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Jazz - Released November 10, 1995 | Warner Records

Unlike Collection, Warner Bros.' second George Benson compilation Best of George Benson only draws from the label's own catalog, so by definition it is a less representative sampler. And even then, it does not give a thorough overview of Benson's 17-year tenure at Warner Bros. Understandably for a best-of album, it concentrates on such hot-selling Benson vocal hits as "This Masquerade," "Give Me the Night," "Turn Your Love Around" and "On Broadway." Yet there is not so much as a single instrumental -- which borders on the criminal -- nor anything from Benson's last five Warners albums, the last three of which (Tenderly, Big Boss Band, Love Remembers) contain a good deal of his best mature work, if not any hits. For those only interested in George Benson, chartmaker, this will do. Otherwise, pass right by. © Richard S. Ginell /TiVo
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Pop - Released March 15, 1979 | Warner Records

Distinctions The Qobuz Standard
The success of Weekend in L.A. no doubt prompted producer Tommy LiPuma and Warner Bros. to give George Benson another double album (now on one CD) -- and this, like its three Warner predecessors, also went Top Ten. It is also, alas, slicker, more romantic in mood, and more bound by perceptions of formula than the others, fussed over in three different studios in earnest search of another hit single (the dance-tempo cover of L.T.D.'s "Love Ballad"). Most of the touring band, including Ronnie Foster, Ralph MacDonald and Phil Upchurch, is back, and Claus Ogerman's soft symphonic touch provides most of the backdrops, with Mike Mainieri supplying the orchestra on three tracks. Even at this point, the great guitarist is still given much room to burn -- the balance between instrumentals and vocals remains close -- and Benson comes up with some tasty stuff when the rhythm section pushes him on "Nassau Day" and "You're Never Too Far from Me." Ultimately there is just enough jazz content amid the velvet soul to keep guitar buffs interested. © Richard S. Ginell /TiVo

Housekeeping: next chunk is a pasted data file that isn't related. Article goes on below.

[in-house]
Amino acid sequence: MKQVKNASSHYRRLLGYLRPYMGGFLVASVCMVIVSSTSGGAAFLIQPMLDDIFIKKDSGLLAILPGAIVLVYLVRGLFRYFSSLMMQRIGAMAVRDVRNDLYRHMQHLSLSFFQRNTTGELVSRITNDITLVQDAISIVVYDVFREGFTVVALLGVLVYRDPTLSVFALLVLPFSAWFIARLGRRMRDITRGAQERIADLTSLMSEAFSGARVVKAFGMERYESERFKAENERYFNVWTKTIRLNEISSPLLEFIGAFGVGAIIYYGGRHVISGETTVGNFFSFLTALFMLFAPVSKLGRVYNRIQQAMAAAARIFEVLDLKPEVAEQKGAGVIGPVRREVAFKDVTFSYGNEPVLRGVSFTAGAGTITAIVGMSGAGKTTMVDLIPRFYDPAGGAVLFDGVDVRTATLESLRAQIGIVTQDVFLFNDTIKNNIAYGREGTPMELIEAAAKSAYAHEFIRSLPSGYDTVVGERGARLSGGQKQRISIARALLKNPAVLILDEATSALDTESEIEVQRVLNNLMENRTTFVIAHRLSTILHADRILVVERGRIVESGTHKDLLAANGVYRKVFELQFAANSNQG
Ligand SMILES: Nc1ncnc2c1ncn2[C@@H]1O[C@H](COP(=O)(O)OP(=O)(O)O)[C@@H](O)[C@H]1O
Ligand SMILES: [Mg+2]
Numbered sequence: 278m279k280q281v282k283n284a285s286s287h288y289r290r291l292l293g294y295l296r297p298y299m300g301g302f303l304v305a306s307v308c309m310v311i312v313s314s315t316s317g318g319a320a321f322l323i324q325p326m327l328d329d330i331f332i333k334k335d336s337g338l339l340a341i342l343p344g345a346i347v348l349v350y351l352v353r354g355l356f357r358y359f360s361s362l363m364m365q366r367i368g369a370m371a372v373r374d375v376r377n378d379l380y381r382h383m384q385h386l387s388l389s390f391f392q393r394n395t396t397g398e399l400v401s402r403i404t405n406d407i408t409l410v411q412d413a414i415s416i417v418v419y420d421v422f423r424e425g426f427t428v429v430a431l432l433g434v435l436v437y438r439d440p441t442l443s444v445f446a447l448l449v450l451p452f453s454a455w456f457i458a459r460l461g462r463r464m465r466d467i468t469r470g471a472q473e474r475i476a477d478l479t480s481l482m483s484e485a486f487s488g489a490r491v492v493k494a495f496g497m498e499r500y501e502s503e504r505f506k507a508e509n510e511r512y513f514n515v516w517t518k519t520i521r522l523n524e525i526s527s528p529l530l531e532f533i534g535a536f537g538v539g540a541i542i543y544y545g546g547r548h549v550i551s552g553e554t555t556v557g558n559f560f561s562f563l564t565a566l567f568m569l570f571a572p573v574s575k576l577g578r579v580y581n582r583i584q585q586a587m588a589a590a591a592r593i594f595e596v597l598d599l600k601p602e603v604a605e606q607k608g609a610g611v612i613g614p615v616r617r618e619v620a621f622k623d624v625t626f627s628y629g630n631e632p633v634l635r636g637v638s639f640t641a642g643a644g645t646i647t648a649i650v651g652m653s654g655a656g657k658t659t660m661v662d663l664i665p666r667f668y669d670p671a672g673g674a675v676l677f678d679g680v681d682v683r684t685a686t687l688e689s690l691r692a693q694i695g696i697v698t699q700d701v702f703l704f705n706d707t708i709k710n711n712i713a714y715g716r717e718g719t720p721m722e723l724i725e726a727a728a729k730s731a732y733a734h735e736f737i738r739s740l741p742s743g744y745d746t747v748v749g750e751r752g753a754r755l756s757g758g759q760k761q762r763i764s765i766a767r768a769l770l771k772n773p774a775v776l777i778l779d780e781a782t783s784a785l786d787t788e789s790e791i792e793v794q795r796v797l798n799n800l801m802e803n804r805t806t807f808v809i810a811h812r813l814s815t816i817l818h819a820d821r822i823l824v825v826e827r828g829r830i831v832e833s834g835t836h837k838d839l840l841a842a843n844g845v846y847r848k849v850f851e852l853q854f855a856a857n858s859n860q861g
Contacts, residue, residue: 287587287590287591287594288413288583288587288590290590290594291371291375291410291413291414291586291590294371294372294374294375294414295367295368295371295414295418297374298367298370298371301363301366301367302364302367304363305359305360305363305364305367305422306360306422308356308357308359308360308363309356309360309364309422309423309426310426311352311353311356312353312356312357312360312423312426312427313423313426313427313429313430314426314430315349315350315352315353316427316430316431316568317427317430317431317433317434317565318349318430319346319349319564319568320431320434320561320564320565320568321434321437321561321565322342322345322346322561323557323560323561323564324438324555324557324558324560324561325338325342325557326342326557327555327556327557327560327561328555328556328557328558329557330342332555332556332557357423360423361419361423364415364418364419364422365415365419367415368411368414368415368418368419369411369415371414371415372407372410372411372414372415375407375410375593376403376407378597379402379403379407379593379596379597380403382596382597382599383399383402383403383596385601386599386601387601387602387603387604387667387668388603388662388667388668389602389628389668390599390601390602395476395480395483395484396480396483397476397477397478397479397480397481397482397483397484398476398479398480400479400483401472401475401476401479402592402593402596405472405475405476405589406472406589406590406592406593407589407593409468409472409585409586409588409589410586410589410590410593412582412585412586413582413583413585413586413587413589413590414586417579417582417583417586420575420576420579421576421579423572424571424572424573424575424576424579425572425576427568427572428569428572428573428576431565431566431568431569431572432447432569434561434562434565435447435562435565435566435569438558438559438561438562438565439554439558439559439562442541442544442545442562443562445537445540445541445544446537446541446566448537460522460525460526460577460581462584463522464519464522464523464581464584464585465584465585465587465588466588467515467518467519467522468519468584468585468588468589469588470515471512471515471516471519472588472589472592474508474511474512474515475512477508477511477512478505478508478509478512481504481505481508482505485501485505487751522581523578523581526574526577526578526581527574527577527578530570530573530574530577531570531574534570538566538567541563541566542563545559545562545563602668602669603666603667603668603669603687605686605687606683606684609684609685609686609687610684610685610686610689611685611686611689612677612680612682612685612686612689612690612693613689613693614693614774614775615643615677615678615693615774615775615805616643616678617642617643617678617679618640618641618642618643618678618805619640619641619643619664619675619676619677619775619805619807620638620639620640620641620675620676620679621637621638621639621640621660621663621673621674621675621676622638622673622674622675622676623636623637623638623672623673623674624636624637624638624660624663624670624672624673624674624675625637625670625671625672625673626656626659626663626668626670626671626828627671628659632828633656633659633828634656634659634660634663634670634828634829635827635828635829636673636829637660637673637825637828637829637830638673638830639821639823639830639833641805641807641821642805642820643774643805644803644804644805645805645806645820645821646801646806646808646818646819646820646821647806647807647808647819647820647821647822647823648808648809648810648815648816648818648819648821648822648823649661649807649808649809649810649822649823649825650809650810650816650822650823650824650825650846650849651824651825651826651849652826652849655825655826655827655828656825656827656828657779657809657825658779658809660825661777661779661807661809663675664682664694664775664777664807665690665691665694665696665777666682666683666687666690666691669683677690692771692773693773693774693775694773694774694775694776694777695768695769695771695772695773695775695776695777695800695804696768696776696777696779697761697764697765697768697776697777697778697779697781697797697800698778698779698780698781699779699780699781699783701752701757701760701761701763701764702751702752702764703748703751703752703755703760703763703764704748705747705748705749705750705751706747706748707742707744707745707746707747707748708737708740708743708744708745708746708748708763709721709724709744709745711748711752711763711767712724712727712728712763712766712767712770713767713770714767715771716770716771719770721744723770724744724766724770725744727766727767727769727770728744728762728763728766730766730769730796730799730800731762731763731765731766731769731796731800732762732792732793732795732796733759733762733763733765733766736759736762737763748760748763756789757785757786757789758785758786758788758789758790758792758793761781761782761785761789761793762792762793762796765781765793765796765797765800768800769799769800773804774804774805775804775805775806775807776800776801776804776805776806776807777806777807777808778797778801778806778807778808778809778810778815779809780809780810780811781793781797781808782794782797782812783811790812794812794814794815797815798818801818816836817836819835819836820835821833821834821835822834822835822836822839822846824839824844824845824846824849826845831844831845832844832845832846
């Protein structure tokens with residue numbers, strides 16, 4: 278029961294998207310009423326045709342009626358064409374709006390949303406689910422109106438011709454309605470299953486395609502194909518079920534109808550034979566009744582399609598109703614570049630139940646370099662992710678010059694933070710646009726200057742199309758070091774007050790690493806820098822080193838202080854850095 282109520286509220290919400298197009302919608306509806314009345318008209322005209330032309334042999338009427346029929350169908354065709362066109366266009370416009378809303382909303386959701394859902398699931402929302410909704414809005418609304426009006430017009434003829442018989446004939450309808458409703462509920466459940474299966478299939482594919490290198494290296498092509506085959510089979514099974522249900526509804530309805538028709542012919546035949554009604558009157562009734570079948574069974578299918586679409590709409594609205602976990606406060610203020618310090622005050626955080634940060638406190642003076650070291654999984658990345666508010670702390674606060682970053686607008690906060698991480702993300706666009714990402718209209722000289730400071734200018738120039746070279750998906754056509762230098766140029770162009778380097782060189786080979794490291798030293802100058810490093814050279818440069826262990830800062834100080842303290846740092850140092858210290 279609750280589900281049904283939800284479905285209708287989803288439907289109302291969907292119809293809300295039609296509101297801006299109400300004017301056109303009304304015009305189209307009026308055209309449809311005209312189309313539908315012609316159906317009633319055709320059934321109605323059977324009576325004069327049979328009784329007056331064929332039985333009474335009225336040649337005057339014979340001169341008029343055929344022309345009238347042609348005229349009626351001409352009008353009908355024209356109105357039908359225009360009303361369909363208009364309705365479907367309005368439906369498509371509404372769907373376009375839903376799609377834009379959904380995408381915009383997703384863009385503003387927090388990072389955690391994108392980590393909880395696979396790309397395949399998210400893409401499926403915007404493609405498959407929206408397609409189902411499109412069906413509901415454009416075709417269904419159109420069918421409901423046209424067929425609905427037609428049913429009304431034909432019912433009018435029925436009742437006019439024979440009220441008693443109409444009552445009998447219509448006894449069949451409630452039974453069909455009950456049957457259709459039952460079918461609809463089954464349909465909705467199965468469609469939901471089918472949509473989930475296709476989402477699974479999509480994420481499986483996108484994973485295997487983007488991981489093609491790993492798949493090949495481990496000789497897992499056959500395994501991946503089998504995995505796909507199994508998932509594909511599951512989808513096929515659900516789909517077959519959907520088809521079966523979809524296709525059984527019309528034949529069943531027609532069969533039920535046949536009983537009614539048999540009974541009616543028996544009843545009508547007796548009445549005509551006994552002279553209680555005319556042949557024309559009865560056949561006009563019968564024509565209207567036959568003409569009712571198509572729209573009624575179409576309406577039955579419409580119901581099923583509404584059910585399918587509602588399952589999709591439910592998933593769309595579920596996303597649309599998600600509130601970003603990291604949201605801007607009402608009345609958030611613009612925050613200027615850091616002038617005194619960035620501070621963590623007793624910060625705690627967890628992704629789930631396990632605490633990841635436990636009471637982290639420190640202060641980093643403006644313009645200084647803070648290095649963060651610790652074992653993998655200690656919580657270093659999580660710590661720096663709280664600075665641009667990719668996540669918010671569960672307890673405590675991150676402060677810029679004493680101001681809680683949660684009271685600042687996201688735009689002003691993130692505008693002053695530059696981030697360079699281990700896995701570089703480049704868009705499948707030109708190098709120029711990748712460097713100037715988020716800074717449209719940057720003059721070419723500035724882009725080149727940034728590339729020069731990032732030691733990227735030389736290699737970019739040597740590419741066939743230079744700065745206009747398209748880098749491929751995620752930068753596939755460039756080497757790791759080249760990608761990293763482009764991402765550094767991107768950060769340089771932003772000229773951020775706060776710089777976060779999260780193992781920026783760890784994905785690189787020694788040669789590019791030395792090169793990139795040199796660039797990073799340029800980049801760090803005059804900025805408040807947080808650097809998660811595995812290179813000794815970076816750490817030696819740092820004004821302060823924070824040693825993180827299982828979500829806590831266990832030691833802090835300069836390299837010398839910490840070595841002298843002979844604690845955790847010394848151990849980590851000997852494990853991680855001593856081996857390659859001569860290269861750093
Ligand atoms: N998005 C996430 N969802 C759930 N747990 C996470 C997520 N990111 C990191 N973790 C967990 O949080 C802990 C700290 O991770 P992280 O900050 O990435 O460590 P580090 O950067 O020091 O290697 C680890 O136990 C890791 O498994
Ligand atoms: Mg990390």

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Pop - Released May 18, 1983 | Warner Records

Distinctions The Qobuz Standard
In search of more platinum, Benson turned to one-time Atlantic Records ace producer Arif Mardin for support. Yet Mardin's best days seemed to be behind him, as this mostly routine package of period R&B backbeats, synthesizer rhythm tracks, and love songs indicates. Any competent soul vocalist could have fit in comfortably here. For jazz fans, Benson's albums at this point became a search for buried treasure, for his guitar time was extremely limited. But when you do encounter a Benson solo, hang on tight. "Love Will Come Again," otherwise a routine soul bumper, concludes with a magnificent solo in octaves that Wes Montgomery would have envied, breathtaking in its economy and swing. Also, check out the instrumental "In Search of a Dream" for proof that George Benson could still burn. © Richard S. Ginell /TiVo
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Soul - Released July 19, 2018 | HHO

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Pop - Released January 15, 1985 | WM Japan

Distinctions The Qobuz Standard
George Benson certainly is a good soul vocalist, fervently turning every phrase as if he meant every lovelorn syllable. Here on 20/20, though, he is shackled by stale pop/soul sentiments and one hack arrangement after another, assembled in no less than 17 studios! Russ Titelman, who shows only a flickering awareness of Benson's huge talent, is the producer, spelled twice by the even more commercial Michael Masser. The only bright spots are the tense high-tech title track and -- surprise -- an elegant Count Basie-like treatment of "Beyond the Sea," and with several jazz luminaries in the all-star band and Frank Foster and Ralph Burns handling the chart. There's only one instrumental, "Stand Up," and it ain't much. © Richard S. Ginell /TiVo
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Jazz - Released January 1, 2009 | Concord Records